*Ph.D. Thesis*

**Inserted:** 20 jul 2018

**Last Updated:** 20 jul 2018

**Year:** 2018

**Abstract:**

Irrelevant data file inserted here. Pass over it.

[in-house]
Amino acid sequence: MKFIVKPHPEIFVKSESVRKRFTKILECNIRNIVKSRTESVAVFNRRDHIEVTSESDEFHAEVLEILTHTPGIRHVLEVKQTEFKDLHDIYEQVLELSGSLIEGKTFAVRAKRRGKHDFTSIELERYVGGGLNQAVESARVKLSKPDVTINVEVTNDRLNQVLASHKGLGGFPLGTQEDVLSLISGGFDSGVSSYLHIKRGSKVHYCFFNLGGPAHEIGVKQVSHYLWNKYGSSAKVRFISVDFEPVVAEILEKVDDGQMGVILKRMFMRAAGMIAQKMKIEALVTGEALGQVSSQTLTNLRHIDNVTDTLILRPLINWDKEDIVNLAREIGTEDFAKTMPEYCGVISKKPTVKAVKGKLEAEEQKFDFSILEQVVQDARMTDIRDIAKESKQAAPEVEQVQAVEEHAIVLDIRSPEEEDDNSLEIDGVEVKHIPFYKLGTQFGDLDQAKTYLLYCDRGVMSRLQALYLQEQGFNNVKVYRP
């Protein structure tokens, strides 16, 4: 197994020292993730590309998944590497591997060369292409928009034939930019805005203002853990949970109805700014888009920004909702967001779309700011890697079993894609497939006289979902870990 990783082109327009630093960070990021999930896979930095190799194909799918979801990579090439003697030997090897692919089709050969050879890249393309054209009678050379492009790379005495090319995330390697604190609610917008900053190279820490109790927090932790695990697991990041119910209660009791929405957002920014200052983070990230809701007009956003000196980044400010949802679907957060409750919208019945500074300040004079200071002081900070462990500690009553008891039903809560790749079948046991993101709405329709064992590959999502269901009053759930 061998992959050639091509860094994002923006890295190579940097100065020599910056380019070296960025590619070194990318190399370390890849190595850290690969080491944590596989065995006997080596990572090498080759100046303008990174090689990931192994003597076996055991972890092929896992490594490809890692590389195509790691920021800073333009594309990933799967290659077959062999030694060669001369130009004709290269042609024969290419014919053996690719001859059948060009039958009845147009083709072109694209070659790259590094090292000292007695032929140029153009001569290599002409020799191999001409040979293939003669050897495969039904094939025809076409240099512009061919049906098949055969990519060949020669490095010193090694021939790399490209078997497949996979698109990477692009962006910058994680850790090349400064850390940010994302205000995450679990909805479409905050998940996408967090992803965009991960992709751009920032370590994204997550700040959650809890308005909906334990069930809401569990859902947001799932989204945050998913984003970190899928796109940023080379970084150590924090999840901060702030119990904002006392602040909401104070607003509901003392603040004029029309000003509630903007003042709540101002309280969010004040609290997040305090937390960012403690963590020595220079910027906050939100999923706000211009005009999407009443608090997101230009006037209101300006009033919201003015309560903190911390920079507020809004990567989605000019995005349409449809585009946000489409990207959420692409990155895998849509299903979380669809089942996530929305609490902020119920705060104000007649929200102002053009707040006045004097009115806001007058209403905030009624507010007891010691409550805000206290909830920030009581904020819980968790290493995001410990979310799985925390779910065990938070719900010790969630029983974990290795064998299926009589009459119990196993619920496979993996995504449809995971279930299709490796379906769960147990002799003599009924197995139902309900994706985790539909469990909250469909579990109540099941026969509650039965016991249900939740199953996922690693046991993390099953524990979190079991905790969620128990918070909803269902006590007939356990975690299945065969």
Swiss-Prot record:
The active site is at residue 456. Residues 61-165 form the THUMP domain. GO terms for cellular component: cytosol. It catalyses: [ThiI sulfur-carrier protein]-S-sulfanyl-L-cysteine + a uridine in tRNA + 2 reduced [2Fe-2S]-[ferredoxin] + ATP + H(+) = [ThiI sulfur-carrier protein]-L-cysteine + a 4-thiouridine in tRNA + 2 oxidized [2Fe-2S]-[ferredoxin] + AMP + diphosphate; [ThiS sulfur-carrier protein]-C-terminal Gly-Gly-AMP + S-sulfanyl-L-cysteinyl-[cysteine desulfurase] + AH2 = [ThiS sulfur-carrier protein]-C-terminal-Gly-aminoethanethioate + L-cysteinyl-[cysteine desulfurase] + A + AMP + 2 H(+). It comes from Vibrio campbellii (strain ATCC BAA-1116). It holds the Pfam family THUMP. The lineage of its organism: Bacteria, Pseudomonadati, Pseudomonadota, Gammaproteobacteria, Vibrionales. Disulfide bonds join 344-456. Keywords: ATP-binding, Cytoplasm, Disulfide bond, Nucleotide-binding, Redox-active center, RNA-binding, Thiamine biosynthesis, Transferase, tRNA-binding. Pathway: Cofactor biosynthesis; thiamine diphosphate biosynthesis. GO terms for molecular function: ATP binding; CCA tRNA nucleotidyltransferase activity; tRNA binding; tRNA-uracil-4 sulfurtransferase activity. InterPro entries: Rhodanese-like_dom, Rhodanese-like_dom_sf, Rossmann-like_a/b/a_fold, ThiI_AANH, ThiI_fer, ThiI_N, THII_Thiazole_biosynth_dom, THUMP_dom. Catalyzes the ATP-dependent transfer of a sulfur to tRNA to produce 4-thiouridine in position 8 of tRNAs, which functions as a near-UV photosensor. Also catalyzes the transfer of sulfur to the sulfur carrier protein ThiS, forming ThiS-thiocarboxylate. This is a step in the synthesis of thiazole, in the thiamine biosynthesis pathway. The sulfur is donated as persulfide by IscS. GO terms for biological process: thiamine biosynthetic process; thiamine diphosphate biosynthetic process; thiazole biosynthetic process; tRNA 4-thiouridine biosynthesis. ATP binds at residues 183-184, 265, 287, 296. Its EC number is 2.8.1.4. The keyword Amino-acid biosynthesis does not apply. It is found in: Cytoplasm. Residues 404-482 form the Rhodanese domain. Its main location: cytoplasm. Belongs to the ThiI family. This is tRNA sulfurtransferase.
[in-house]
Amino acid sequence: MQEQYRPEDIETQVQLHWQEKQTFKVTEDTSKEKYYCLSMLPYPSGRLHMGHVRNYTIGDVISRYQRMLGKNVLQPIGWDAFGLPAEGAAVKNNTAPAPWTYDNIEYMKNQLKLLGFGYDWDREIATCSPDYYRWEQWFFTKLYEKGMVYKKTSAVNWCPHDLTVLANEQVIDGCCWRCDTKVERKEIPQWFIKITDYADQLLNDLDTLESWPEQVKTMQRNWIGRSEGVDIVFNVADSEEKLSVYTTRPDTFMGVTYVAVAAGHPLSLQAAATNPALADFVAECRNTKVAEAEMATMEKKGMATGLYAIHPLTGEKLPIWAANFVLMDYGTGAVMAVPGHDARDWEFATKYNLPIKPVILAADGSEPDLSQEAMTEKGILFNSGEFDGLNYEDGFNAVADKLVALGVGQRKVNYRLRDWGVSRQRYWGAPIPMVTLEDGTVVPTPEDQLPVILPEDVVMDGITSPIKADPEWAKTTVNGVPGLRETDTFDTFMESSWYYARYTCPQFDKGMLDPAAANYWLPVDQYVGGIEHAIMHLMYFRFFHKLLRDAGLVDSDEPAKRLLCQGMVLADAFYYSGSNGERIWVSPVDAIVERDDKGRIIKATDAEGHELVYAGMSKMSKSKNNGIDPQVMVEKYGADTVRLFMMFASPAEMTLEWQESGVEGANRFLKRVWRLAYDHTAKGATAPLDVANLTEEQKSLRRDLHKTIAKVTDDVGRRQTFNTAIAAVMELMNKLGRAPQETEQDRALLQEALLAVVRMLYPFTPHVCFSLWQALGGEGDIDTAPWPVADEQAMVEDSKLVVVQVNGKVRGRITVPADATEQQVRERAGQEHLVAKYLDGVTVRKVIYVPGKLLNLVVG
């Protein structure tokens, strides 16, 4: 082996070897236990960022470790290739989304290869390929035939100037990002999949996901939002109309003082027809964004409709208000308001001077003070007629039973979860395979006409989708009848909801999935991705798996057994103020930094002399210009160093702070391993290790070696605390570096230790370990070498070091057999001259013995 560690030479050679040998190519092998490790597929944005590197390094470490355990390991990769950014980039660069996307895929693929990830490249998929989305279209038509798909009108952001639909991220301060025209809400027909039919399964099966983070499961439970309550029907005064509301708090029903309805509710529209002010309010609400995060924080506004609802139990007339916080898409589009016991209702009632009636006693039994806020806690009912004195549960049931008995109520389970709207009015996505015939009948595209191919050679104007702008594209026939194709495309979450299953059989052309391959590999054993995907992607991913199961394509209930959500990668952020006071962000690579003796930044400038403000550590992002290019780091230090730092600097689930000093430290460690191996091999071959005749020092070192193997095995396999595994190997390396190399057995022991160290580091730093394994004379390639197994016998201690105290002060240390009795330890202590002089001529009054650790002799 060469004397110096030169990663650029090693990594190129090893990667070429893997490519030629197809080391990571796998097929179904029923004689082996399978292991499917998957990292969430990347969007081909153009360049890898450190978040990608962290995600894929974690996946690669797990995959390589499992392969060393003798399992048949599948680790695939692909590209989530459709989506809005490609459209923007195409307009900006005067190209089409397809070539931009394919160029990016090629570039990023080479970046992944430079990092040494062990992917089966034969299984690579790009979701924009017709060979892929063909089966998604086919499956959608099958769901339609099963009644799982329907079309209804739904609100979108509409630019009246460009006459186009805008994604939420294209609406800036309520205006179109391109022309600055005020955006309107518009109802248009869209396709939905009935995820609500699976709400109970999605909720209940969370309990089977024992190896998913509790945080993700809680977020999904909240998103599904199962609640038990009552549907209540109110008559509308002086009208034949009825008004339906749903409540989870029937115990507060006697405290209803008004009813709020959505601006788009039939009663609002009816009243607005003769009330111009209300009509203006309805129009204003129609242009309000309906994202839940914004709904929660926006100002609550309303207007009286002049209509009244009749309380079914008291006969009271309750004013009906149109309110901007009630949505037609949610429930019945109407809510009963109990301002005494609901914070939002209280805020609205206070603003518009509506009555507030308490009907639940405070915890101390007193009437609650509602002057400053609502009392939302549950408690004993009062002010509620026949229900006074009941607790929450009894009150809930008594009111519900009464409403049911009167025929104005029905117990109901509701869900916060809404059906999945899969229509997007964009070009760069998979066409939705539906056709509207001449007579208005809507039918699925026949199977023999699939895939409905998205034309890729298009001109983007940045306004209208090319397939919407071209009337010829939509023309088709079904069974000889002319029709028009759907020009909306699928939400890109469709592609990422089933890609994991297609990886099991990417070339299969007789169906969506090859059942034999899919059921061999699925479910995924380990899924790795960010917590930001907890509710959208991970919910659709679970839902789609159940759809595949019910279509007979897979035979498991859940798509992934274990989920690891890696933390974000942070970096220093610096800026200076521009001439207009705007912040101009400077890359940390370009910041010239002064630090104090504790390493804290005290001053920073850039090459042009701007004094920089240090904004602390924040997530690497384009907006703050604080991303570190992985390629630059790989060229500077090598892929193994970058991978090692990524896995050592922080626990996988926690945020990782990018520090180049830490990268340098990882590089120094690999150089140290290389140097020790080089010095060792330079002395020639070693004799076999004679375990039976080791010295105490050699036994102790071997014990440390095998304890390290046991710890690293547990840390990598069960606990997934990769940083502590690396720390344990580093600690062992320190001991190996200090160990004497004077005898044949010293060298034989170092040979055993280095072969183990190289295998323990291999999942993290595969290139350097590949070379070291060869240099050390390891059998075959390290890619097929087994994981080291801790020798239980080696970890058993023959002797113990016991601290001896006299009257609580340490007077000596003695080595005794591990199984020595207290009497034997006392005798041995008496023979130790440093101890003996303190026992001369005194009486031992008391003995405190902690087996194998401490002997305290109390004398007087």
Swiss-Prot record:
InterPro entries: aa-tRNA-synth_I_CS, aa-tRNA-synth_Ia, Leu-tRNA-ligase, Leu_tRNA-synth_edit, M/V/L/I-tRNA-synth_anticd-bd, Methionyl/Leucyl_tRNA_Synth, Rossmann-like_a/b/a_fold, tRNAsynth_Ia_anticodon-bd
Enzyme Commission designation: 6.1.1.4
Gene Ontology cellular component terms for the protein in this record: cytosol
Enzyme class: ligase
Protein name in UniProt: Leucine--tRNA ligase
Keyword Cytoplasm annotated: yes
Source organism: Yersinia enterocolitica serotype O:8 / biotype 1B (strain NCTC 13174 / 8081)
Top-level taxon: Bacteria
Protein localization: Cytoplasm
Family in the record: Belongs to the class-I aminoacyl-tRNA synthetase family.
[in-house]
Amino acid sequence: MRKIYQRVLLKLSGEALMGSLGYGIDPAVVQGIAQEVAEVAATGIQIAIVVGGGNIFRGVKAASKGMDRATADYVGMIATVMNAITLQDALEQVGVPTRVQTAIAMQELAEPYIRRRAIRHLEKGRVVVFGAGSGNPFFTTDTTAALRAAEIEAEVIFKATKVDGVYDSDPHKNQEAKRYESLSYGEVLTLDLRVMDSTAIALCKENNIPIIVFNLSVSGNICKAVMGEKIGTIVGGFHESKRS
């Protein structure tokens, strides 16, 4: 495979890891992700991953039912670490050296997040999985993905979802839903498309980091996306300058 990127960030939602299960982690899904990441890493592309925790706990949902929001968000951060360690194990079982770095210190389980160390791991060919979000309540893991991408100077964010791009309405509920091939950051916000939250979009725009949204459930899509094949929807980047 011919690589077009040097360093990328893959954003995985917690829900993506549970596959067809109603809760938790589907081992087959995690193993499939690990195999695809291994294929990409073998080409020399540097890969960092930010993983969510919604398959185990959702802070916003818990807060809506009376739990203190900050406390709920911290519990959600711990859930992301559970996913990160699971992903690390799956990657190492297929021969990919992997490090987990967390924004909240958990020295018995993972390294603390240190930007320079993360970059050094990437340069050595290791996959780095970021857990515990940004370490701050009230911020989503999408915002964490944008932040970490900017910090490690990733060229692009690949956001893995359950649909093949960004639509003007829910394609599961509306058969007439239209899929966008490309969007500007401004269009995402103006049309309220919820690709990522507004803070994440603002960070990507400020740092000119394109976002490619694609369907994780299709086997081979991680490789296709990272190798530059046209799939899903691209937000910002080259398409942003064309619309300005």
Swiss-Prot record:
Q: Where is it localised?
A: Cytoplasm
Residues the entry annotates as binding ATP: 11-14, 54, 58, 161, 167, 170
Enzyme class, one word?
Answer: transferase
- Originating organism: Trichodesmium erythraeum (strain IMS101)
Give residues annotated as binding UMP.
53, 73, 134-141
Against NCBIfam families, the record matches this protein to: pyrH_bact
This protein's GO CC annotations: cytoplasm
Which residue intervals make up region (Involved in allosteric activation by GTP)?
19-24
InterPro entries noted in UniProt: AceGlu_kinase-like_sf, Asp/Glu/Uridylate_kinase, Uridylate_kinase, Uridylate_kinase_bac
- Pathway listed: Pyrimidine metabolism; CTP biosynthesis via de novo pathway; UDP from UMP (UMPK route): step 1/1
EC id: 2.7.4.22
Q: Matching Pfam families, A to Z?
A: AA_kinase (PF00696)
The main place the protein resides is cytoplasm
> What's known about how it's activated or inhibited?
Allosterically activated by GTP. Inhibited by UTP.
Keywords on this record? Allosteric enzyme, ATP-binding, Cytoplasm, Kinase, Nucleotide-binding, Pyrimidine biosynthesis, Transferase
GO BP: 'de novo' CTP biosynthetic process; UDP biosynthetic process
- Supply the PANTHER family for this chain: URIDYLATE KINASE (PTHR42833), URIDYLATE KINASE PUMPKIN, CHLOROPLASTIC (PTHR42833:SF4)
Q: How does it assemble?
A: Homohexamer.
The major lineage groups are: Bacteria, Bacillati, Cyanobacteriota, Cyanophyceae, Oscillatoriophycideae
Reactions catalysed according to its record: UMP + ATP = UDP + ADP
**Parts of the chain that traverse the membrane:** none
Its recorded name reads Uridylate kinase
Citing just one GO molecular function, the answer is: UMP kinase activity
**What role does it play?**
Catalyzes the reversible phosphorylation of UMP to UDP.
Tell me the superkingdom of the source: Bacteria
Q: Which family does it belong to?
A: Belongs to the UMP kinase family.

Solving the Plateau problem means to find the surface with minimal area among all surfaces with a given boundary. Part of the problem actually consists of giving a suitable definition to the notions of 'surface', 'area' and 'boundary'. In our setting the considered objects are sets whose Hausdorff area is locally finite. The sliding boundary condition is given in term of a one parameter family of compact deformations which allows the boundary of the surface to moove along a closed set. The area functional is related to capillarity and free-boundary problems, and is a slight modification of the Hausdorff area. We focused on minimal boundary cones; that is to say tangent cones on boundary points of sliding minimal surfaces. In particular we studied cones contained in an half-space and whose boundary can slide along the bounding hyperplane. After giving a classification of one-dimensional minimal cones in the half-plane we provided four new two-dimensional minimal cones in the three-dimensional half space (which cannot be obtained as the Cartesian product of the real line with one of the previous cones). We employed the technique of paired calibrations and in one case could also generalise it to higher dimension. In order to prove that the provided list of minimal cones is complete, we started the classification of cones satisfying the necessary conditions for the minimality, and with numeric simulations we obtained better competitors for these new candidates.